On December 9, 1965, a shining man flew down from the sky, looked around for a bit, and then doomed the Earth. Or at least he meant to at the time. This was Fantastic Four #48, by Jack Kirby and Stan Lee, and of course the shining man from the sky was the Silver Surfer.

At the time, he was the Herald of Galactus, a giant godlike being who devoured planets, absorbing all their energy and leaving them as lifeless husks. The Silver Surfer's job was to scout out new planets for Galactus to eat, and on that day in late 1965, he chose our planet. Fortunately the Fantastic Four had already been warned by the Watcher (even though he's not supposed to do that), and they started working on a plan.


Jack Kirby (Marvel Comics)


Actually, the FF went through several plans, and none of them would have worked --- meaning the Earth would have been destroyed --- if the powerful Silver Surfer hadn't turned on his master and helped the humans. And it wasn't the Fantastic Four who convinced him to save humanity; it was actually that most human of humans, the Thing's girlfriend, Alicia Masters. She took him in after he was knocked from the sky, and showed him kindness, convincing him that the Earth and its people were worth saving. For the Surfer's role in saving the Earth, the departing Galactus imprisoned him on it, denying him the pleasure of surfing the galaxy.

The Surfer is that rare creation from the days of the Lee/Kirby collaboration that even Stan Lee gives Kirby all the credit for. He is very much a Kirby character. He's simultaneously majestic and ridiculous. On the one hand, a silver guy who literally rides around space on a flying surfboard and goes by the name Silver Surfer is as silly as ideas get.

But once you move past that, a simple monochrome figure on a silver board racing through the galaxy is actually a fantastic visual. And there's real drama in not just his betrayal of Galactus and resulting exile, but in his struggle between the joy he finds soaring through endless space and seeing countless worlds, and his culpability in the destruction of so many of the planets he visits.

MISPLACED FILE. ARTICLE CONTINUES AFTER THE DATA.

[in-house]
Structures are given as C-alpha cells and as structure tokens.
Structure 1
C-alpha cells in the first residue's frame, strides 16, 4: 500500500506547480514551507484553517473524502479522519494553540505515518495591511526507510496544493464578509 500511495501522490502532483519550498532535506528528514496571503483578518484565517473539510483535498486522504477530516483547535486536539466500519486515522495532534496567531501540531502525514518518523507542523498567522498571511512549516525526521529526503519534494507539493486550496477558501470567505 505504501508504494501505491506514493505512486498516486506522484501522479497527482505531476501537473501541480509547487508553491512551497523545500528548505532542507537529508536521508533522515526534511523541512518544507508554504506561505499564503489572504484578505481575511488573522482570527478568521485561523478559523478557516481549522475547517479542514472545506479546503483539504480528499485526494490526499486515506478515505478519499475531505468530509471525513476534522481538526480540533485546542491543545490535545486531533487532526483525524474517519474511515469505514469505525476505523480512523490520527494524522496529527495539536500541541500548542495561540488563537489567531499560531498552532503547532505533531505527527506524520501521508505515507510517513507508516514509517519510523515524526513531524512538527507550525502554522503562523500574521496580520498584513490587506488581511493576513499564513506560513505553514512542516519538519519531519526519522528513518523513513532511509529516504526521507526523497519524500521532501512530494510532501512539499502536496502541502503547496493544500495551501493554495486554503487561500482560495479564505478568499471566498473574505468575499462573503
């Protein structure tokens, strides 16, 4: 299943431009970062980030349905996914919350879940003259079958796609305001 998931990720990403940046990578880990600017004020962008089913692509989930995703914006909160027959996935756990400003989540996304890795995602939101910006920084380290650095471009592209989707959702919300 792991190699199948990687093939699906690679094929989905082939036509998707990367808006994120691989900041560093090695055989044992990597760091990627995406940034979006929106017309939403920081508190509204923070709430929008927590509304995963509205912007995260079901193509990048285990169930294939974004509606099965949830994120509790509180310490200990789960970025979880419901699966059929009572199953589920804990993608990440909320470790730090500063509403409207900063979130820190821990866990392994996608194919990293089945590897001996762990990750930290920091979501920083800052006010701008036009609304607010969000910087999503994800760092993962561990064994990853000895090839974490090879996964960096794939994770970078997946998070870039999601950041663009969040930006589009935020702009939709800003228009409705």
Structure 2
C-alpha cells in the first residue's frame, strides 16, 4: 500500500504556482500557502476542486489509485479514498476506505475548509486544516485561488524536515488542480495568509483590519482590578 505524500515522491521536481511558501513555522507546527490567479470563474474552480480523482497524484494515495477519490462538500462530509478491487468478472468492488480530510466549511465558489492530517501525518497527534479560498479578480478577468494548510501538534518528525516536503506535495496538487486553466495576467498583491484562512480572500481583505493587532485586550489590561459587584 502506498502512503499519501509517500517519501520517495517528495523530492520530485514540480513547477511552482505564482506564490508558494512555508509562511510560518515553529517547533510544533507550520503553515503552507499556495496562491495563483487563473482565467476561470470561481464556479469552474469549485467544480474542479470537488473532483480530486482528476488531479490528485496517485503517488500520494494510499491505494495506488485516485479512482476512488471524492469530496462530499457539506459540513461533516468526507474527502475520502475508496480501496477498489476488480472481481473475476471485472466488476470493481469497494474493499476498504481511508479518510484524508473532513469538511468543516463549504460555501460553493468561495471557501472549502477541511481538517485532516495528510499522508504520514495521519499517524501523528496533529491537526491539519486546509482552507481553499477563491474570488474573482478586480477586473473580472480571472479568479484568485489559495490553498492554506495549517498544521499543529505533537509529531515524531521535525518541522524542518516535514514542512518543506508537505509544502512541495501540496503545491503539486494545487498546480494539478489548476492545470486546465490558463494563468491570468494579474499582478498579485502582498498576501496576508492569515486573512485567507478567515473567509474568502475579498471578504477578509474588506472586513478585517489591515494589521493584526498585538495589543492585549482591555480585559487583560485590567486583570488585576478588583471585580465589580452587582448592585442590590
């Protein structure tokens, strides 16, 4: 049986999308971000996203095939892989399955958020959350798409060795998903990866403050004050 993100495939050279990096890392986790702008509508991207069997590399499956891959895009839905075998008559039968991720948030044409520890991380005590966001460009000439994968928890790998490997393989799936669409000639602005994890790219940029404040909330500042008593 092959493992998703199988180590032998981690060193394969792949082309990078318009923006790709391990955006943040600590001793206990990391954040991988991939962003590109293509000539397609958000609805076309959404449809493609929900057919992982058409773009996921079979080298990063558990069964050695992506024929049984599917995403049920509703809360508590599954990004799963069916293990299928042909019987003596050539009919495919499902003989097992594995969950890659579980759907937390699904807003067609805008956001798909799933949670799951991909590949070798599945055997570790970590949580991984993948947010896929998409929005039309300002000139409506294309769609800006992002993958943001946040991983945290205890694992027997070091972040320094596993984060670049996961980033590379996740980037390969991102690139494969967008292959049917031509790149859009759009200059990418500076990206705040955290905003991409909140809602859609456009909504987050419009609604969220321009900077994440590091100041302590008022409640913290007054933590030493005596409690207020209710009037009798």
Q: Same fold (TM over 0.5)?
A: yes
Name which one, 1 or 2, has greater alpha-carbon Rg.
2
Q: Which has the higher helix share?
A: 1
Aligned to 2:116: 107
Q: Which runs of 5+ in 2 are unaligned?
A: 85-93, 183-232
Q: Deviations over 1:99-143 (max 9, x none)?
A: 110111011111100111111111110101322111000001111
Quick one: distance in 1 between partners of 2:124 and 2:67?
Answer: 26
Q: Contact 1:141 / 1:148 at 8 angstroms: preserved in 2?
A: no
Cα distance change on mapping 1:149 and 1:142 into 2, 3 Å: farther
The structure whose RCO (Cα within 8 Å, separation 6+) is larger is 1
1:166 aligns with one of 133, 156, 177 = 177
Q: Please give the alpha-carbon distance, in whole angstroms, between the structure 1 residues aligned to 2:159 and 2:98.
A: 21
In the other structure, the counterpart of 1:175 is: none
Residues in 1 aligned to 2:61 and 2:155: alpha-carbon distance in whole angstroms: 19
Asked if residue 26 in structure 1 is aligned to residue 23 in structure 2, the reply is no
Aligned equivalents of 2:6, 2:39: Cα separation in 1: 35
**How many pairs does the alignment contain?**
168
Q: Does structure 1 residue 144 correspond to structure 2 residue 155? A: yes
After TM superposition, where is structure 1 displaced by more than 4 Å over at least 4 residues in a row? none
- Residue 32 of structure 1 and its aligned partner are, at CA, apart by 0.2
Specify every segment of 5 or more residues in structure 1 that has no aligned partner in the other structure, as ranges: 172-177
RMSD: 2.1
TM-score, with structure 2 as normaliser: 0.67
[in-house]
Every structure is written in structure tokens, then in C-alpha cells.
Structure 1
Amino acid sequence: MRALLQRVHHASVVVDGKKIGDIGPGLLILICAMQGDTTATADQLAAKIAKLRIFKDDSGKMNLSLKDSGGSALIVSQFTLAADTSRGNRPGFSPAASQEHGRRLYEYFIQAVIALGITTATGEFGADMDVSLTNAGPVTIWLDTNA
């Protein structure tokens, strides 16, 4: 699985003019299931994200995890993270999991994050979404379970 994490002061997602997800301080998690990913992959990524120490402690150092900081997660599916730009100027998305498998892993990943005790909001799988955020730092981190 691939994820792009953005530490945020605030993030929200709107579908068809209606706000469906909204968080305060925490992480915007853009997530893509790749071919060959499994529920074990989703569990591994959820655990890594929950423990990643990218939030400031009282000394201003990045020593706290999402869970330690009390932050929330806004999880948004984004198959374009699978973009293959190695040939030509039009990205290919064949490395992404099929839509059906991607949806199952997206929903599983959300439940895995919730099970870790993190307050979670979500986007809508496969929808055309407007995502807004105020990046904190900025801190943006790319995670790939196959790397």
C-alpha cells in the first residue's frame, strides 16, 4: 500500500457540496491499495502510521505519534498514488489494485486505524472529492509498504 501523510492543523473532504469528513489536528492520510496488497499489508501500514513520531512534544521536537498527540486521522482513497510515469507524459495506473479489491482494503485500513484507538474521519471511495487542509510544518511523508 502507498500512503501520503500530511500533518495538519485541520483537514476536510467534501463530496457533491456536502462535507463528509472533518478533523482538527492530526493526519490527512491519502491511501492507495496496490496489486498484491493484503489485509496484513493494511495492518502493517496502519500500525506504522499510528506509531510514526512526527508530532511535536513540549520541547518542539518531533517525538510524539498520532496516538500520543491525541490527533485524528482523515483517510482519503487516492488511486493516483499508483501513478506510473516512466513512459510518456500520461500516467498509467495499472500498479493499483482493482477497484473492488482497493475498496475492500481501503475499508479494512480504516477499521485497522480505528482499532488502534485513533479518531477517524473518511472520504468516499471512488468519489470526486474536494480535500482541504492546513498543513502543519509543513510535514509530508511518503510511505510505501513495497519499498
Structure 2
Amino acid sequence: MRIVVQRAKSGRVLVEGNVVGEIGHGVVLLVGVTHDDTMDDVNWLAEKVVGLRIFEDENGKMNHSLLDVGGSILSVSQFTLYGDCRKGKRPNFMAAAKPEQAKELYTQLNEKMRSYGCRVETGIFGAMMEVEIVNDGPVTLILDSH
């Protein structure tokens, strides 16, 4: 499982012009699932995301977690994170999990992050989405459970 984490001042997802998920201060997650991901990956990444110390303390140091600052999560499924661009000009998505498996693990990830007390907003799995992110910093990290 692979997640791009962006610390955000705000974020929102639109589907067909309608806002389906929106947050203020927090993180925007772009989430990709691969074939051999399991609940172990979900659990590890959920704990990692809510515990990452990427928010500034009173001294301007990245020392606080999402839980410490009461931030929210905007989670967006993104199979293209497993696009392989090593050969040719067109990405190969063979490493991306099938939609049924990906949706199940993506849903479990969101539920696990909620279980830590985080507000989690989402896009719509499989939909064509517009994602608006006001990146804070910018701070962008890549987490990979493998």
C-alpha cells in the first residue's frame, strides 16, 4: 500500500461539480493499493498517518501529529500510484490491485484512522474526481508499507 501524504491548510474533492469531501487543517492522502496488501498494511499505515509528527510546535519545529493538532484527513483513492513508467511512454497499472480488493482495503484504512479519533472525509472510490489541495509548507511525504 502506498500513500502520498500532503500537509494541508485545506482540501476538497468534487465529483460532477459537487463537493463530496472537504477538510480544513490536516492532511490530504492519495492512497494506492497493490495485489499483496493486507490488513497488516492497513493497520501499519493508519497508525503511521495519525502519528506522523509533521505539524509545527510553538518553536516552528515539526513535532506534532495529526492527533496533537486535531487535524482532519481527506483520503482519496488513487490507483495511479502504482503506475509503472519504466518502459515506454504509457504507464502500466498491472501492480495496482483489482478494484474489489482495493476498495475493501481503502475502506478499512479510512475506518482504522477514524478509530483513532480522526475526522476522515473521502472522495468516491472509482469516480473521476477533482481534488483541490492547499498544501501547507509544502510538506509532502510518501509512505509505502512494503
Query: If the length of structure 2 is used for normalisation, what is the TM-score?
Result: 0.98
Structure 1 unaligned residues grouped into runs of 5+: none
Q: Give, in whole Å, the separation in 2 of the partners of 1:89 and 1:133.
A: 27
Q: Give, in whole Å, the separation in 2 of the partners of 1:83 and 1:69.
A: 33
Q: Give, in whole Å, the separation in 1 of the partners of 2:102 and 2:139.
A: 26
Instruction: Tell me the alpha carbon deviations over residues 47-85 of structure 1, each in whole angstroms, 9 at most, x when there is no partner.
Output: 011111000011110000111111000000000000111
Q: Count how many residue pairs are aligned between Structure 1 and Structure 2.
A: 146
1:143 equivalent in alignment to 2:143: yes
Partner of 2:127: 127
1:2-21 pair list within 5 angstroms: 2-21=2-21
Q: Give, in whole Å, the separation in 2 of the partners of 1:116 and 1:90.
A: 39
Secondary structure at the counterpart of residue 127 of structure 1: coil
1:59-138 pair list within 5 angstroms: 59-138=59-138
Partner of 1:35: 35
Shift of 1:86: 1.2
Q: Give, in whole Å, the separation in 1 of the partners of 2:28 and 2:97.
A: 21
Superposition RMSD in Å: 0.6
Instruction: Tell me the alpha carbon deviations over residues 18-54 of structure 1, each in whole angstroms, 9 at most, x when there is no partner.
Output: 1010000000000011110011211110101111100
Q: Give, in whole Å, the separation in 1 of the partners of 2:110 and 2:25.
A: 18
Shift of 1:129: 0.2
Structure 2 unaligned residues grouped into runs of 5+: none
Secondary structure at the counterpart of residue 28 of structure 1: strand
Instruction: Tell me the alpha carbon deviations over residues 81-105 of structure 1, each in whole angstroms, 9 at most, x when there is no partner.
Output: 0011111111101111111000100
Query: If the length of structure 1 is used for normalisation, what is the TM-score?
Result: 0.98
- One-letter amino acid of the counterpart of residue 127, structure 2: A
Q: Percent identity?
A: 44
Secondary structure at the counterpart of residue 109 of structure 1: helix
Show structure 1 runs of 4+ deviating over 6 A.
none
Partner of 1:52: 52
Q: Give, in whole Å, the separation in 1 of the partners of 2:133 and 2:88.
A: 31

John Buscema (Marvel Comics)


A couple of years later, when the Surfer was given his own spin-off book by Lee and John Buscema, readers learned that he had once been a normal man named Norrin Radd, on the planet of Zenn-La. He longed to see the cosmos, and made a deal with Galactus to fly among the stars as his herald in return for Zenn-La's safety.

Still later than that, other stories would establish that "Herald of Galactus" is a regular job that lots of characters have held. But this initial origin provided a nice symmetry to Silver Surfer's time as herald. He felt trapped on his own planet, so he made a deal with Galactus to explore space in return for helping him. Then years later on Earth, he finally refused to help Galactus, and found himself trapped on this planet for his trouble.


John Buscema (Marvel Comics)


Of course eventually, he made his way back to space, and has been all over the Marvel Universe in the years since. He was also an early member of the Defenders, in addition to remaining an ally to the Fantastic Four. Dan Slott and Mike Allred are among the many creators who have told great Silver Surfer stories that capture the colorful fun that Cosmic Marvel can provide alongside its weighty themes.

The Surfer has a reputation for being long-winded and overly philosophical, which we might surmise as Stan Lee's contribution to the character. But at the heart of his appeal is the visual; beautiful in its simplicity, like a greek statue soaring past nebulas and ringed gas giants.

Whether it's Kirby, Buscema, Allred, or even legendary French artist Moebius, who collaborated on a story with Lee in 1989, the Silver Surfer is always a standout. The Marvel Universe is better for his existence in it, and not just because he saved the Earth in his very first story.


Jack Kirby (Marvel Comics)